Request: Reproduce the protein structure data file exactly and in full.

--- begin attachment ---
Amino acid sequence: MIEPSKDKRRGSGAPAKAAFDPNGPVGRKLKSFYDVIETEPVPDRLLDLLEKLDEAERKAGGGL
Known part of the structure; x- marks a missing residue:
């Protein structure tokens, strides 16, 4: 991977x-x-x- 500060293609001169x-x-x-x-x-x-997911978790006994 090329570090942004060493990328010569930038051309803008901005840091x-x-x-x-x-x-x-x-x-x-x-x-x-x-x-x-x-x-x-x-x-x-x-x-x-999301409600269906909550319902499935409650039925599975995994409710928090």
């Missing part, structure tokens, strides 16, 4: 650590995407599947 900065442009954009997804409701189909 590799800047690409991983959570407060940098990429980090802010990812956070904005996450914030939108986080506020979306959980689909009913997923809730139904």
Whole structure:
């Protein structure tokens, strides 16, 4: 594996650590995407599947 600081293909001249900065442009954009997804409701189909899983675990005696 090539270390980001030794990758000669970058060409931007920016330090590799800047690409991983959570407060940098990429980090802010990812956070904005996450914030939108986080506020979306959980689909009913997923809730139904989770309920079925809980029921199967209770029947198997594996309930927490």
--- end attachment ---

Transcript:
Amino acid sequence: MIEPSKDKRRGSGAPAKAAFDPNGPVGRKLKSFYDVIETEPVPDRLLDLLEKLDEAERKAGGGL
Known part of the structure; x- marks a missing residue:
């Protein structure tokens, strides 16, 4: 991977x-x-x- 500060293609001169x-x-x-x-x-x-997911978790006994 090329570090942004060493990328010569930038051309803008901005840091x-x-x-x-x-x-x-x-x-x-x-x-x-x-x-x-x-x-x-x-x-x-x-x-x-999301409600269906909550319902499935409650039925599975995994409710928090």
């Missing part, structure tokens, strides 16, 4: 650590995407599947 900065442009954009997804409701189909 590799800047690409991983959570407060940098990429980090802010990812956070904005996450914030939108986080506020979306959980689909009913997923809730139904």
Whole structure:
């Protein structure tokens, strides 16, 4: 594996650590995407599947 600081293909001249900065442009954009997804409701189909899983675990005696 090539270390980001030794990758000669970058060409931007920016330090590799800047690409991983959570407060940098990429980090802010990812956070904005996450914030939108986080506020979306959980689909009913997923809730139904989770309920079925809980029921199967209770029947198997594996309930927490």